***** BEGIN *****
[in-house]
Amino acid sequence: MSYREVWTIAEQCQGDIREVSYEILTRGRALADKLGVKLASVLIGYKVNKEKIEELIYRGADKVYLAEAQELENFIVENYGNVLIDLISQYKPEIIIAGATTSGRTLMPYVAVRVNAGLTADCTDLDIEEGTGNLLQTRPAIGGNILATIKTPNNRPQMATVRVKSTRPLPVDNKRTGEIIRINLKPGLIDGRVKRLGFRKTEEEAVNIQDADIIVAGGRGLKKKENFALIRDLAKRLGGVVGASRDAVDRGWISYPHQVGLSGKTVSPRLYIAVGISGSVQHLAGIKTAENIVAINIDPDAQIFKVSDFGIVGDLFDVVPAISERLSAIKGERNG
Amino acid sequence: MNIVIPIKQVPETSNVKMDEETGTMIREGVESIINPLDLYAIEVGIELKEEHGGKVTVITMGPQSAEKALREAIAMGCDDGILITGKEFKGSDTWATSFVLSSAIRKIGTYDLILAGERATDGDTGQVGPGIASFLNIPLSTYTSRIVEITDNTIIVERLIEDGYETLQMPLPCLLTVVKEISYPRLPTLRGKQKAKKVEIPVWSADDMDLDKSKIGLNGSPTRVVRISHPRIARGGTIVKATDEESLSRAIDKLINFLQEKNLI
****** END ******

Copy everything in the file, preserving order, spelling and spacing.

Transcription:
[in-house]
Amino acid sequence: MSYREVWTIAEQCQGDIREVSYEILTRGRALADKLGVKLASVLIGYKVNKEKIEELIYRGADKVYLAEAQELENFIVENYGNVLIDLISQYKPEIIIAGATTSGRTLMPYVAVRVNAGLTADCTDLDIEEGTGNLLQTRPAIGGNILATIKTPNNRPQMATVRVKSTRPLPVDNKRTGEIIRINLKPGLIDGRVKRLGFRKTEEEAVNIQDADIIVAGGRGLKKKENFALIRDLAKRLGGVVGASRDAVDRGWISYPHQVGLSGKTVSPRLYIAVGISGSVQHLAGIKTAENIVAINIDPDAQIFKVSDFGIVGDLFDVVPAISERLSAIKGERNG
Amino acid sequence: MNIVIPIKQVPETSNVKMDEETGTMIREGVESIINPLDLYAIEVGIELKEEHGGKVTVITMGPQSAEKALREAIAMGCDDGILITGKEFKGSDTWATSFVLSSAIRKIGTYDLILAGERATDGDTGQVGPGIASFLNIPLSTYTSRIVEITDNTIIVERLIEDGYETLQMPLPCLLTVVKEISYPRLPTLRGKQKAKKVEIPVWSADDMDLDKSKIGLNGSPTRVVRISHPRIARGGTIVKATDEESLSRAIDKLINFLQEKNLI